With the original group of Dolphin-class submarines designed to have a hull life of 30 years and a design initiation-to-commissioning cycle of at least 10-15 years, attention turned to designing replacements for the first three submarines in 2015. At first, Israeli ambitions seemed somewhat excessive, with references to “an entirely different submarine from the Dolphin or the Dolphin AIP.” Reality appears to have set in, however, with attention now focused on an upgraded version of the Flight II Dolphin class that includes “some room for growth, with new materials, better sonar … but pretty much the same design.” Continue reading
With India’s submarine capacity dwindling, small rays of sunshine are beginning to appear in the distance. The launching on January 12 of the second in a six-boat class of French-designed Project 75 Scorpene attack submarines (SSKs) marks another small, slow step in building up a capable submarine arm that has dangerously atrophied over the years. During the 1980s, the Indian Navy submarine inventory numbered 21 vessels, while today it features just 13 conventional submarines, plus one indigenous nuclear-powered ballistic missile (SSBN) submarine, the Arihant. Another boat, the Russian Akula-class Chakra, is leased and used only for training purposes. Continue reading
In a highly anticipated decision, Australia’s center-right government opted for a French design to meet its Sea 1000 Future Submarine requirement. The project involves the construction of 12 submarines that will serve as a successor class to the Royal Australian Navy’s current Collins class fleet. French shipbuilder DCNS offered up a diesel-electric variant – the Shortfin Barracuda Block 1A – of its nuclear-powered Barracuda attack submarine built for the French Navy. Continue reading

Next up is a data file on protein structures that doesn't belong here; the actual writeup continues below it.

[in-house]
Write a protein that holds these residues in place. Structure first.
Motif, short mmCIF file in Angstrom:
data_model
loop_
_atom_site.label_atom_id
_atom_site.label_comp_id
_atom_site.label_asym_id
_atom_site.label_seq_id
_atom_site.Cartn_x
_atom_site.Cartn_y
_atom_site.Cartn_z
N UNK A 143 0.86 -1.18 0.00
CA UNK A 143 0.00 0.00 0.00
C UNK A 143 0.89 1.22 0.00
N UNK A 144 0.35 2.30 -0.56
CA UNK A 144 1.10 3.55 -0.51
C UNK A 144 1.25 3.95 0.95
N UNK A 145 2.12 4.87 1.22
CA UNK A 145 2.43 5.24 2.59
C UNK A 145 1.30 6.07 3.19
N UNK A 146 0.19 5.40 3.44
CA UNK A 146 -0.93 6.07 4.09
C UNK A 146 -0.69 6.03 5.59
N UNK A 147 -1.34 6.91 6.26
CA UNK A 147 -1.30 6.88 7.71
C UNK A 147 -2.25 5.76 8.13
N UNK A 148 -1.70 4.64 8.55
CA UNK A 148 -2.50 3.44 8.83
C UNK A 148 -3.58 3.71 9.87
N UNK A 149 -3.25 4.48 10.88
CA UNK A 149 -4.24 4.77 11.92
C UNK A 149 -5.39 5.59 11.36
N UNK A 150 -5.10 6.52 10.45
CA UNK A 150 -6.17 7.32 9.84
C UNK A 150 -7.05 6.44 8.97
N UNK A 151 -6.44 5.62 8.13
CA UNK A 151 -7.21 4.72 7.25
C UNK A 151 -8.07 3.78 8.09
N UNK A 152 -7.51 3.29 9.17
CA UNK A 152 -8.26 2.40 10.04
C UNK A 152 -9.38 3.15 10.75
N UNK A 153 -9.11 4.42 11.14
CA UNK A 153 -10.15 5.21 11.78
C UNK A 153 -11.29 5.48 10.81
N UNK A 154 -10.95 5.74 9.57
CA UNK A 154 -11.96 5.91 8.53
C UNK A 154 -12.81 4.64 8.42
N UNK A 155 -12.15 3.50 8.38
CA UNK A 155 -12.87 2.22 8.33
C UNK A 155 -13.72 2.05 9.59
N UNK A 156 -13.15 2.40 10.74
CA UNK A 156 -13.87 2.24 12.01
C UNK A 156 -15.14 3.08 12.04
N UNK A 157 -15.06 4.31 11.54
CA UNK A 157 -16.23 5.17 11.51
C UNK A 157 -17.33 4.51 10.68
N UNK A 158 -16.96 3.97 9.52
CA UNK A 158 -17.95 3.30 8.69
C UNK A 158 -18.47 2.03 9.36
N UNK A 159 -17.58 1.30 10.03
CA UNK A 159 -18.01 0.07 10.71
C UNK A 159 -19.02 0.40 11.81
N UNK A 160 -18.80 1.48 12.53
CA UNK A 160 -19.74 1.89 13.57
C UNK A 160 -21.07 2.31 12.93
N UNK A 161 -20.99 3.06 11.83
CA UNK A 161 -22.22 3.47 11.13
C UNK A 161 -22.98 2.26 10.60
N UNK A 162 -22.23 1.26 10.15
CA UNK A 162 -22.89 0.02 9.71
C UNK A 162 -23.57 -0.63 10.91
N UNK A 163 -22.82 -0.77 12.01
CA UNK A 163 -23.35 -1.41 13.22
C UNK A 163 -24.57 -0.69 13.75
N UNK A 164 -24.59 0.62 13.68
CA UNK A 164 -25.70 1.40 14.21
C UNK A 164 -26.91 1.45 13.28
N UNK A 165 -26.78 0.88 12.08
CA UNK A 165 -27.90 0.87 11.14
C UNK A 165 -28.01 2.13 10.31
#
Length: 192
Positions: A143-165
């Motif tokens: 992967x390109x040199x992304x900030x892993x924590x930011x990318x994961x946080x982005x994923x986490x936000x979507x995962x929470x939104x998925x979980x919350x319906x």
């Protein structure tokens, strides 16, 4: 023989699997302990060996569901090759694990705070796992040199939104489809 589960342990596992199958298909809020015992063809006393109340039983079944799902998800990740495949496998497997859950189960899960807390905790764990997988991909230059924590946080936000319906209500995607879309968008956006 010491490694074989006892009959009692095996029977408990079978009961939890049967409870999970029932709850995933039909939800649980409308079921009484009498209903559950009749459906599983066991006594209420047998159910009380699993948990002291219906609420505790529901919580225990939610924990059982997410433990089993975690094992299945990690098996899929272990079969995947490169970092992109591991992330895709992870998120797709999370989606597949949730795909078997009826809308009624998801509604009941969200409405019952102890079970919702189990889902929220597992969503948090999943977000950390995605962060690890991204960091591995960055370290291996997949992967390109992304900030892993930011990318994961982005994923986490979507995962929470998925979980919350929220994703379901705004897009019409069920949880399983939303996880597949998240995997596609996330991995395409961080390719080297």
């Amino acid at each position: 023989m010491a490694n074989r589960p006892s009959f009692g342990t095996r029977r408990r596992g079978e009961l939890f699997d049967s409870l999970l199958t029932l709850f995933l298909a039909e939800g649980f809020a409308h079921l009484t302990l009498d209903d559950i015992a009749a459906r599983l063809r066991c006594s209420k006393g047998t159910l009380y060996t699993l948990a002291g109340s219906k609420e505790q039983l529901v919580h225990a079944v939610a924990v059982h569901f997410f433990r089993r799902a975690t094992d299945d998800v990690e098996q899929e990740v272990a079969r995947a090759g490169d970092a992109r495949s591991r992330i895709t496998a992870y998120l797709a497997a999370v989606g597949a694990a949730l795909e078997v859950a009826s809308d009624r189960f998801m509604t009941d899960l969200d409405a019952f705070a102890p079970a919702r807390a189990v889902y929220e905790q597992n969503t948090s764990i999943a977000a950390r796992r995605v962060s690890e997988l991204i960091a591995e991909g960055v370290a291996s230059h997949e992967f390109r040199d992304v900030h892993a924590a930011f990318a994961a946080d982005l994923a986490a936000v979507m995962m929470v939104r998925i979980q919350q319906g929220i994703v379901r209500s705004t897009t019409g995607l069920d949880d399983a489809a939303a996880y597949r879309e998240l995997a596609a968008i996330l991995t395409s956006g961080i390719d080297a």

The French DCNS Group has beaten competitors from Germany and Japan to secure the contract to build Australia’s next fleet of submarines. DCNS offered the Shortfin Barracuda, which is a modified version of the French Navy’s nuclear submarine. The much anticipated $38.5 billion contract ensures that the 12 new submarines will be built at Adelaide’s Osborne shipyards.
By the end of May of this year, two more Project 636.3 submarines are due to be in service with the Russian Navy. On March 2, the Russian Ministry of Defense announced that the fifth diesel-electric submarine, called Veliky Novgorod, will be launched on March 18. The submarine will be floated out in Saint Petersburg on the 110th anniversary of the Russian Navy’s underwater forces.[i] Continue reading
Faced with a declining submarine inventory, the Indian Navy is hoping to augment its current Project 75 order for six French-designed Scorpene diesel-electric attack submarines. The subs are being built by Mumbai-based Mazagon Docks under license, and with technology transfer provided by DCNS. The Navy is seeking three additional Scorpene subs, and a tender for the requirement is expected to be issued in 2016. Continue reading
The Indonesian Navy has announced plans to procure two new submarines from Russia as it seeks to bolster its limited submarine force. Under a plan developed in 2002-2003, the Navy intends to acquire 12 diesel-electric submarines by 2024; currently it has just two German-built Type 209 (Cakra class) boats in its fleet, both of which are slated for decommissioning around 2020. Continue reading
By Richard Sterk, Forecast International.
The immediate future of Thales Underwater Systems’ Sonar 2076 appears solely linked the U.K. Royal Navy’s Astute-class submarine. The Sonar 2076, or Type 2076, is a fully integrated passive/active search-and-attack sonar suite installed on the Astute class and as part of the midlife update of Trafalgar class submarines. A total of four Sonar 2076 systems have reportedly been produced for Trafalgar class submarines, and seven have been ordered for the first batch of Astute class submarines.